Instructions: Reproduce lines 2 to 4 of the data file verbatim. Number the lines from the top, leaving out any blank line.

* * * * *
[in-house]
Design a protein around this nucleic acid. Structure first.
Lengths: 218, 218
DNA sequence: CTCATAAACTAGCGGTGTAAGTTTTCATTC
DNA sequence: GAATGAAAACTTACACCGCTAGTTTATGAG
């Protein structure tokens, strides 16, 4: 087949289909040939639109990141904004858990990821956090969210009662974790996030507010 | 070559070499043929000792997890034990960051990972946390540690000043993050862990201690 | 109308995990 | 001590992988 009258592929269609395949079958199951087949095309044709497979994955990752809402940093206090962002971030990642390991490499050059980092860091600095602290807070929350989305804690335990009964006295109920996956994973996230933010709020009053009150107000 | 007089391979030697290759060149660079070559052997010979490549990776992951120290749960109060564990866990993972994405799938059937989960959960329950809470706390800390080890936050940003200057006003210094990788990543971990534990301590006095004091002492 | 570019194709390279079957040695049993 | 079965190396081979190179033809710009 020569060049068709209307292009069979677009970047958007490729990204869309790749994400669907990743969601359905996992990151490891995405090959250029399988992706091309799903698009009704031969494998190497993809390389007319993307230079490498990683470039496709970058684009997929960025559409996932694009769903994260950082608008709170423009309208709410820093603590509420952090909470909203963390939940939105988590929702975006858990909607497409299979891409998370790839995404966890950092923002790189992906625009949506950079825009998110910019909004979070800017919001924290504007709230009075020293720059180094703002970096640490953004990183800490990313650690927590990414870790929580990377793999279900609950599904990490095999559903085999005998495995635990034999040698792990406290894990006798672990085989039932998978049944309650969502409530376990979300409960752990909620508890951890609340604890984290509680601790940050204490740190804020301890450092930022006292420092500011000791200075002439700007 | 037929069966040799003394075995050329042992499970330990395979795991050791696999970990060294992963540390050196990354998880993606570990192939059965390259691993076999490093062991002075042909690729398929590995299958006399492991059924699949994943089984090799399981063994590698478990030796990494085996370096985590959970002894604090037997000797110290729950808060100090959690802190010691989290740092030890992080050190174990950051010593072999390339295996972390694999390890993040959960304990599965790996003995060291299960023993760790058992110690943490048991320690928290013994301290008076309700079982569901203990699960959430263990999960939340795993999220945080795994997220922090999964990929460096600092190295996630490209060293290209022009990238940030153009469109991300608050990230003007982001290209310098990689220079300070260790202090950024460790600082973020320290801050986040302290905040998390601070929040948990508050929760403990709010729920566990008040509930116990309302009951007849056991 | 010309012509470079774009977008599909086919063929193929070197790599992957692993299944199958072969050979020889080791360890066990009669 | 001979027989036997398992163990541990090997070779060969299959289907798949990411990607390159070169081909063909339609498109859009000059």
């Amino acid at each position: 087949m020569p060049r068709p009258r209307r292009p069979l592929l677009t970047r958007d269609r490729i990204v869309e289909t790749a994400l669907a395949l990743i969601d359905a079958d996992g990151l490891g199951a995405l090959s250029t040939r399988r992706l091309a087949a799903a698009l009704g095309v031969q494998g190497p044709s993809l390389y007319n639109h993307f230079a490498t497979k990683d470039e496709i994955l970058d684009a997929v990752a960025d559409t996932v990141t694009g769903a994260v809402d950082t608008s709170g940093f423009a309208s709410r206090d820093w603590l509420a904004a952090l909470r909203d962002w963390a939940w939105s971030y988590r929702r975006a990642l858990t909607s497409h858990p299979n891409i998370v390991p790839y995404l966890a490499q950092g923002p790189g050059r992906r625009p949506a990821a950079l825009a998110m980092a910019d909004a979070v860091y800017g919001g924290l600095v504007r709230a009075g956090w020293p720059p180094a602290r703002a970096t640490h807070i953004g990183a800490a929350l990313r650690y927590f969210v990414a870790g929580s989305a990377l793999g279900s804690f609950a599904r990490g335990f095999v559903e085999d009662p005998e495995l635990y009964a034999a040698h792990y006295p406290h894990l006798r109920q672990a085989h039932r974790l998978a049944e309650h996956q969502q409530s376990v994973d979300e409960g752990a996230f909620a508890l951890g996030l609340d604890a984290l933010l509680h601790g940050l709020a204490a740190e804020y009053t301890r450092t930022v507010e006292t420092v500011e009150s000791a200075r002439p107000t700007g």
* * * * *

Design a protein around this nucleic acid. Structure first.
Lengths: 218, 218
DNA sequence: CTCATAAACTAGCGGTGTAAGTTTTCATTC